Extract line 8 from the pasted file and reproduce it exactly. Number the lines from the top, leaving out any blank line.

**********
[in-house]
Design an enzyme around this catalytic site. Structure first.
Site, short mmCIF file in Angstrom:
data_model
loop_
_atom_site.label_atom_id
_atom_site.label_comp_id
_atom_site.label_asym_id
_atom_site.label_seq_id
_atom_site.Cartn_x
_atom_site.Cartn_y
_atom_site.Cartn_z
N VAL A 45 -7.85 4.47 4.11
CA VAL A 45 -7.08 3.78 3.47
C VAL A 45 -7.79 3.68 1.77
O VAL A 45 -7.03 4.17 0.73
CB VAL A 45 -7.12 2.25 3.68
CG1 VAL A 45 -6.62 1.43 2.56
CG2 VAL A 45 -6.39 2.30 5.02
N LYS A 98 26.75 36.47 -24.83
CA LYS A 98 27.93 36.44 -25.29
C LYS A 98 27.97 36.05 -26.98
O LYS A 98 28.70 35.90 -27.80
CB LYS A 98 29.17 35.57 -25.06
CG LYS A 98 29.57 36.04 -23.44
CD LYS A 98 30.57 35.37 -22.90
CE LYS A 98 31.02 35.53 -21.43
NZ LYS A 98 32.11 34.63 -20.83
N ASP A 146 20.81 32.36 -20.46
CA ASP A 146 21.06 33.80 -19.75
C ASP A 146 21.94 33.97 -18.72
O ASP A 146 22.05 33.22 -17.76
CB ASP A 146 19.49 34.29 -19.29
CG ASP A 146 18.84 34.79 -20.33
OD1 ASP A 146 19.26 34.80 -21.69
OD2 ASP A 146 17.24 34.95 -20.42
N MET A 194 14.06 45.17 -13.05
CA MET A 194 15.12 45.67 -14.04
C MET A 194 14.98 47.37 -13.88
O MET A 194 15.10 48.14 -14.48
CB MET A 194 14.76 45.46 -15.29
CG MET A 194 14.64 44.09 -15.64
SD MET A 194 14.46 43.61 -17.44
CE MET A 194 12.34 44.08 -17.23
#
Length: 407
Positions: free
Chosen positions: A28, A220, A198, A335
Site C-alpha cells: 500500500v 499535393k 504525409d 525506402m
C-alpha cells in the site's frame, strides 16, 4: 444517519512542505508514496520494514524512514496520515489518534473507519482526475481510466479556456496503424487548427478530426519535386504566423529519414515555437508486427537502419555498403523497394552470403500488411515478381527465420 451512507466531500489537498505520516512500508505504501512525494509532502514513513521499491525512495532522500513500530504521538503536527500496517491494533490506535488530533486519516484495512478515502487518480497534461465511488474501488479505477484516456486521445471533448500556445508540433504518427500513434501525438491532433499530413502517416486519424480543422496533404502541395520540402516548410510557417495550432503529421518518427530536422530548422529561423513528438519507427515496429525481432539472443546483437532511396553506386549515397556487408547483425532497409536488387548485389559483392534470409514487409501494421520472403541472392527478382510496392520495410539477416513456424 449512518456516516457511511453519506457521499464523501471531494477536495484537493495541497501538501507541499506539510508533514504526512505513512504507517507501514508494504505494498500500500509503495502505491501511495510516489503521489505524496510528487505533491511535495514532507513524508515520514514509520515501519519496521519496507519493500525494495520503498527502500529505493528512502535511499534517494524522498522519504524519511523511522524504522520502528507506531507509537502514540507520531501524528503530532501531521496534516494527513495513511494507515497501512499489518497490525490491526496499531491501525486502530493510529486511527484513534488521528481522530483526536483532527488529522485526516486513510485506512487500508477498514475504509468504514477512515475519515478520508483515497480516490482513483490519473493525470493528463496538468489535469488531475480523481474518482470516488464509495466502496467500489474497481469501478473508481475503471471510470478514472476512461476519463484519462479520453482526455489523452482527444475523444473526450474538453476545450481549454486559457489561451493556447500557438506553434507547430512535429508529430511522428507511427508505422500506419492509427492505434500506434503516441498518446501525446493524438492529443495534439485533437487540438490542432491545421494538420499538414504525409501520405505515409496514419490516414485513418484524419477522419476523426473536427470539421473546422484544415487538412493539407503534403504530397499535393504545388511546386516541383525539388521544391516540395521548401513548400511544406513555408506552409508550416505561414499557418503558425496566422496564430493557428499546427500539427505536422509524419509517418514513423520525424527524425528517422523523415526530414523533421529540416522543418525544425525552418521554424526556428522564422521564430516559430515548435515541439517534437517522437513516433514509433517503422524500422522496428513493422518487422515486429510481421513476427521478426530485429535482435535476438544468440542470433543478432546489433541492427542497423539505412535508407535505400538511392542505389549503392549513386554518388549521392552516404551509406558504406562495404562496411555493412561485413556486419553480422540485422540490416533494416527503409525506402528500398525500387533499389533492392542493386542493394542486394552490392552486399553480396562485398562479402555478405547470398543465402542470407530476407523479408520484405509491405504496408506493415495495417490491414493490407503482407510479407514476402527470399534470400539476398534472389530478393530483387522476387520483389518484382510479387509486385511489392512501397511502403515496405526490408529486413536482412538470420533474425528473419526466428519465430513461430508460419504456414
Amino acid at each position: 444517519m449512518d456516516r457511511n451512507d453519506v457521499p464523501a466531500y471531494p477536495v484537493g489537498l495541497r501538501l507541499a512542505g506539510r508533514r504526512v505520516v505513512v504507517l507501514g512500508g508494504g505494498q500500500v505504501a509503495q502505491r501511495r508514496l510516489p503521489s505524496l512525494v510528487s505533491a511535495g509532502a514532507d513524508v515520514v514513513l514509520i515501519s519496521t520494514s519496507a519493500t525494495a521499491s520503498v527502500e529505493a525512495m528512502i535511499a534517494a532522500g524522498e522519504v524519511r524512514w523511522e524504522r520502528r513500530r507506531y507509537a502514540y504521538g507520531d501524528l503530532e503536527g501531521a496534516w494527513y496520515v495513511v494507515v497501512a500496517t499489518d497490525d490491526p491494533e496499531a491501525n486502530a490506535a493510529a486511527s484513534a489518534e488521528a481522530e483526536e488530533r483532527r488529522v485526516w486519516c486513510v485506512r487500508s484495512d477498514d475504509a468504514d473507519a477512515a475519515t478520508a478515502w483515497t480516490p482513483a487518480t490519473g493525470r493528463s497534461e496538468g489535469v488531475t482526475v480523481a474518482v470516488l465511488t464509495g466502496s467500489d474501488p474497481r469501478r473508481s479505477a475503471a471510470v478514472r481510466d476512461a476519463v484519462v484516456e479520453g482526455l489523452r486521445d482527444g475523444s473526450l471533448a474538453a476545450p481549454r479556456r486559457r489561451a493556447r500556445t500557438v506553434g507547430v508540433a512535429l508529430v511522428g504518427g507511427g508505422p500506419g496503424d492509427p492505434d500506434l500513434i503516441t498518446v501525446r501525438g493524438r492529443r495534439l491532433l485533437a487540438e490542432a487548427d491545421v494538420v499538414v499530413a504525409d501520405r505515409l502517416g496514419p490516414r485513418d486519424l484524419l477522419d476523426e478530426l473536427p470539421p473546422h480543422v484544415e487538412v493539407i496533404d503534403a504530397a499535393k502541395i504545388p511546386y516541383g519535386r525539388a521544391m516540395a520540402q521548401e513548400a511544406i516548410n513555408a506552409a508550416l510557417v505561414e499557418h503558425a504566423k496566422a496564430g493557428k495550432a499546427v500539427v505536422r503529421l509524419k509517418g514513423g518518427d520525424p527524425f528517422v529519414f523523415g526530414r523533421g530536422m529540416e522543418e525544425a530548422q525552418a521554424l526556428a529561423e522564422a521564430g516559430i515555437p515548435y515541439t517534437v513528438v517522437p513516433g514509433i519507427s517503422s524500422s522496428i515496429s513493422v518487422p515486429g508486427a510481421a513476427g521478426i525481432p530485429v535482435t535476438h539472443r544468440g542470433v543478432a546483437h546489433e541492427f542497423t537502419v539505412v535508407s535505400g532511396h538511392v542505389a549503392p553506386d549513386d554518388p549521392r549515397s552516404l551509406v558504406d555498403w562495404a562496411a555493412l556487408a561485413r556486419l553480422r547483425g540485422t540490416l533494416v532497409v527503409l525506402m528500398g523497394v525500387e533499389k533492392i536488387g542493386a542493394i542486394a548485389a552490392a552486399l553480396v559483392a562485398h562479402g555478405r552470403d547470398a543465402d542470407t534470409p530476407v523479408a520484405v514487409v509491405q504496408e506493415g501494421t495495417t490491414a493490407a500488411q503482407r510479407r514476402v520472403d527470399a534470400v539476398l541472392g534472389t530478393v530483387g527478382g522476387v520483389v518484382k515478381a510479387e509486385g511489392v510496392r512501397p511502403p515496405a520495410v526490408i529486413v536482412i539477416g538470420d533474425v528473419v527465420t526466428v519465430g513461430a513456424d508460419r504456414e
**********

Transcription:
_atom_site.label_asym_id